Clinical T category for lung cancer staging: A pragmatic approach for real-world practice

Lung Cancer
20/10/2020

Thorac Cancer. 2020 Oct 19. doi: 10.1111/1759-7714.13701. Online ahead of print.

ABSTRACT

BACKGROUND: To determine which components should be measured and which window settings are appropriate for computerized tomography (CT) size measurements of lung adenocarcinoma (ADC) and to explore interobserver agreement and accuracy according to the eighth edition of TNM staging.

METHODS: A total of 165 patients with surgically resected lung ADC earlier than stage 3A were included in this study. One radiologist and two pulmonologists independently measured the total and solid sizes of components of tumors on different window settings and assessed solidity. CT measurements were compared with pathologic size measurements.

RESULTS: In categorizing solidity, 25% of the cases showed discordant results among observers. Measuring the total size of a lung adenocarcinoma predicted pathologic invasive components to a degree similar to measuring the solid component. Lung windows were more accurate (intraclass correlation [ICC] = 0.65-0.81) than mediastinal windows (ICC = 0.20-0.72) at predicting pathologic invasive components, especially in a part-solid nodule. Interobserver agreements for measurement of solid components were good with little significant difference (lung windows, ICC = 0.89; mediastinal windows, ICC = 0.91). A high level of interobserver agreement was seen between the radiologist and pulmonologists and between residents (from the division of pulmonology and critical care) versus a fellow (from the division of pulmonology and critical care) on different windows.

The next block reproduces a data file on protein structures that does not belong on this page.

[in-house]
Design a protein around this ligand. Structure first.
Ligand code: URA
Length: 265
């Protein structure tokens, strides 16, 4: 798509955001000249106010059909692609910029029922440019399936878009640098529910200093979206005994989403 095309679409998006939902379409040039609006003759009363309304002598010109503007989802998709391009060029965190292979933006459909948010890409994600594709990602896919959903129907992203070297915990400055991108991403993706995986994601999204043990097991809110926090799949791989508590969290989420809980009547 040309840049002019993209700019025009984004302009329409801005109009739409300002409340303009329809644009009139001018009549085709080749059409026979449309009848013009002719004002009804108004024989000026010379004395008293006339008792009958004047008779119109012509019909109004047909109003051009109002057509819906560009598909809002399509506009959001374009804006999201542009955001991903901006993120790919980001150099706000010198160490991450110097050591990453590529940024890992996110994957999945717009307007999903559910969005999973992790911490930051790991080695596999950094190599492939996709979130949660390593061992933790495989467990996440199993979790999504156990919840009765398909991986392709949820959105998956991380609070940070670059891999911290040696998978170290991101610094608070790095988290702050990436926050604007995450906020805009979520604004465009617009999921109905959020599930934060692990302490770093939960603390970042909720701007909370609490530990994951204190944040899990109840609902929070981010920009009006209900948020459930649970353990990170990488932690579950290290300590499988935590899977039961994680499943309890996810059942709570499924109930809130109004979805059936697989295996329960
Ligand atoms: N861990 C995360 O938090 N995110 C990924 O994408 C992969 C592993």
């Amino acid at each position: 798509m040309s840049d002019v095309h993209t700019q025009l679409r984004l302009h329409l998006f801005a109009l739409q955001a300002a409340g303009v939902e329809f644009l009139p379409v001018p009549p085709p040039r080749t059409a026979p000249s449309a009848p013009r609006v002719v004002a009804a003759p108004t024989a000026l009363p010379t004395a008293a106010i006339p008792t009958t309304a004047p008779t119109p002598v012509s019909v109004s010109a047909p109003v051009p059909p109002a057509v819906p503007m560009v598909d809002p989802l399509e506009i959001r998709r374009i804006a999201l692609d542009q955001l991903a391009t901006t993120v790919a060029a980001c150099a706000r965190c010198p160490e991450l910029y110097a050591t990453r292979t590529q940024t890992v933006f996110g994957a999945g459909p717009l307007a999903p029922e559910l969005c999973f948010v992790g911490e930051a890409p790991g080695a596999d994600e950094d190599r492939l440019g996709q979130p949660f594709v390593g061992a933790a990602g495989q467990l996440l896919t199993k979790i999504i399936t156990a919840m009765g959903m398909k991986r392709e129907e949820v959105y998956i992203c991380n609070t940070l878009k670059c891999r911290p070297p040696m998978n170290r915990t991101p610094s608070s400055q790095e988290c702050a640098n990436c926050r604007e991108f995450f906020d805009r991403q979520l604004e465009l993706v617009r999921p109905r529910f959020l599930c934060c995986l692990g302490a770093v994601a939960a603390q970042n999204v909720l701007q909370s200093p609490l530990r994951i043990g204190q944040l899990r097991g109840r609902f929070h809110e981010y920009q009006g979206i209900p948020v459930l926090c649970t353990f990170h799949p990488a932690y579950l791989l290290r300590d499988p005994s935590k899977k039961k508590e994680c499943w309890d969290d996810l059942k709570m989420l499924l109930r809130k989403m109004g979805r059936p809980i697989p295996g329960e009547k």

CONCLUSIONS: A considerable percentage (25%) of discrepancies was encountered in categorizing the solidity of lesions, which may decrease the accuracy of measurements. Lung window settings may be superior to mediastinal windows for measuring lung ADCs, with comparable interobserver agreement and moderate accuracy for predicting pathologic invasive components.


KEY POINTS: SIGNIFICANT FINDINGS OF THE STUDY: Lung window settings are better for evaluating part-solid lung adenocarcinoma (ADC), with comparable interobserver agreement and moderate accuracy for predicting pathologic invasive components. The considerable percentage (25%) of discrepancies in categorizing solidity of the lesions may also have decreased the accuracy of measurements.

WHAT THIS STUDY ADDS: For accurate measurement and categorization of lung ADC, robust quantitative analysis is needed rather than a simple visual assessment.